Skip to main content

Culture Movies

Wasted time

Movie

Wasted time

Bad acting in Next mars promising sci-fi source material

Nicolas Cage can't seem to catch a break these days. After three of his star vehicles from the last two years (Lord of War, The Weather Man, and The Wicker Man) failed to live up to expectations, his latest qualifies as a bona fide bomb. Paramount spent in excess of $70 million on Next (rated PG-13 for violent action, profanity, and sexual situations), but it garnered only $7.1 million on its opening weekend, making it a long-shot to break even at the box office.

It wasn't for lack of solid source material, based as it was on a short story by legendary science fiction writer Philip K. Dick. In other hands, Dick's writing has produced some of the sharpest sci-fi adventures in modern cinema (both Ridley Scott's Blade Runner and Steven Spielberg's Minority Report were based on his novels). However, this adaptation feels like a hastily written term paper. The concept behind it is fine, but the execution is terrible.

Chris Johnson (Cage) possesses a special ability that allows him to see a few minutes into his future. For most of life, he does little with this talent beyond two-bit magic shows and small-time gambling. But when an FBI agent (Julianne Moore) gets wind of his gift, Chris finds he must use it not only to save millions of people from nuclear holocaust, but also the girl who allows him to see further than he ever has before (Jessica Biel).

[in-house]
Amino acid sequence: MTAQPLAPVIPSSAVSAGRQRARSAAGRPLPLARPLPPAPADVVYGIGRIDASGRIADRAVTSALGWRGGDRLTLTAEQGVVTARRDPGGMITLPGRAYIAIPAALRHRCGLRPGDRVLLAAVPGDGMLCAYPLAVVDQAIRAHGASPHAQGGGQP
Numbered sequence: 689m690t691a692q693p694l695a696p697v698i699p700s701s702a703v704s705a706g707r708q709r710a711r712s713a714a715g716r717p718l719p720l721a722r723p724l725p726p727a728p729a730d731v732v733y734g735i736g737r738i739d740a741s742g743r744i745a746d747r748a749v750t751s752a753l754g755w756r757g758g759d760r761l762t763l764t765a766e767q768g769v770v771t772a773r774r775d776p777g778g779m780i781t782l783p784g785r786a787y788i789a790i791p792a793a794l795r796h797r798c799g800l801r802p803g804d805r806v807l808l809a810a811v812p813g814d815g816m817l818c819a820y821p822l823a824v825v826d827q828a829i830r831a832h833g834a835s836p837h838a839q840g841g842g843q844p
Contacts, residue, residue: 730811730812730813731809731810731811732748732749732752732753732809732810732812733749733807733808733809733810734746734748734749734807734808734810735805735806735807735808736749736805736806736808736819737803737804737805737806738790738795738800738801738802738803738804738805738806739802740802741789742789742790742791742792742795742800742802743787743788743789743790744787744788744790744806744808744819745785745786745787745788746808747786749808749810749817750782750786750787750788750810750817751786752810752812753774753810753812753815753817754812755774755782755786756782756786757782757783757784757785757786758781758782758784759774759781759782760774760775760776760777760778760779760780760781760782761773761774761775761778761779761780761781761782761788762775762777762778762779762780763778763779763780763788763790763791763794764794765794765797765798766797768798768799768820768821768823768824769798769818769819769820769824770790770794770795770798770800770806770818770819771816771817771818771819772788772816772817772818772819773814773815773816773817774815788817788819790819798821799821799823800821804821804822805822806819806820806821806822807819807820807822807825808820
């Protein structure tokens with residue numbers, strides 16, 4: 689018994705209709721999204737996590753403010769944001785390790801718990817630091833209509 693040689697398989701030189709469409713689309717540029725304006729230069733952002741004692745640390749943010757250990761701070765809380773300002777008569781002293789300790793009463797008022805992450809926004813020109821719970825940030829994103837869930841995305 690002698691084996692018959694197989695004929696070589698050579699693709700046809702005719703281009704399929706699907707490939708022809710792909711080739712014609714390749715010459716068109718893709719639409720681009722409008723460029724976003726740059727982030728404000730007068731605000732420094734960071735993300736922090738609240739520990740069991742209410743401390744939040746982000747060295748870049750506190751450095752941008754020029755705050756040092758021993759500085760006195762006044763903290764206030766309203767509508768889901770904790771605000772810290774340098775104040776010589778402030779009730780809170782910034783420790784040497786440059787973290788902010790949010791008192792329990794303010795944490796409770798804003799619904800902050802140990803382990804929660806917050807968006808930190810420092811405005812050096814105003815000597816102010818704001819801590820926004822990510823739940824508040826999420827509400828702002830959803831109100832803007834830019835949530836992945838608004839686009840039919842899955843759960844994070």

Such a frenetic plot line naturally lends itself to tight pacing, and in this respect Next more than lives up to its promise. The problem is with the acting. Every performance here is wooden and unconvincing, as though the director used the first take of every scene.

Compounding the issue is the creepy coupling of Cage and Biel. Only in Hollywood is the romance between a 25-year-old girl and a 43-year-old man portrayed as destiny. Next stands as a lesson for would-be sci-fi/action directors: Unless you inspire your cast to render their lines with more emotion than cyborgs, audiences will likely pass.